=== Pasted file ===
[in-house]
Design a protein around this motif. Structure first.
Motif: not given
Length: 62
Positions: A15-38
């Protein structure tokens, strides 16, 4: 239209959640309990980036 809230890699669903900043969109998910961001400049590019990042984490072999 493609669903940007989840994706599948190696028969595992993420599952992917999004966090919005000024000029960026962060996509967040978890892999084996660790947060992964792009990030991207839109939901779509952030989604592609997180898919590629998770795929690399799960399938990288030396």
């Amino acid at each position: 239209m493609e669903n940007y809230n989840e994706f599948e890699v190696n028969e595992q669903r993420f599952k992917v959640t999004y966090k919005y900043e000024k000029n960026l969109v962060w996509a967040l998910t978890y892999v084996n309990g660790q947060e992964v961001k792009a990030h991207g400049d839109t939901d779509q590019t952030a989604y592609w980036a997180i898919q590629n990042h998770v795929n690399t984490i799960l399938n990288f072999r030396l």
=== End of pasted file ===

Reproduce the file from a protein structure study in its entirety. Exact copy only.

[in-house]
Design a protein around this motif. Structure first.
Motif: not given
Length: 62
Positions: A15-38
């Protein structure tokens, strides 16, 4: 239209959640309990980036 809230890699669903900043969109998910961001400049590019990042984490072999 493609669903940007989840994706599948190696028969595992993420599952992917999004966090919005000024000029960026962060996509967040978890892999084996660790947060992964792009990030991207839109939901779509952030989604592609997180898919590629998770795929690399799960399938990288030396």
């Amino acid at each position: 239209m493609e669903n940007y809230n989840e994706f599948e890699v190696n028969e595992q669903r993420f599952k992917v959640t999004y966090k919005y900043e000024k000029n960026l969109v962060w996509a967040l998910t978890y892999v084996n309990g660790q947060e992964v961001k792009a990030h991207g400049d839109t939901d779509q590019t952030a989604y592609w980036a997180i898919q590629n990042h998770v795929n690399t984490i799960l399938n990288f072999r030396l």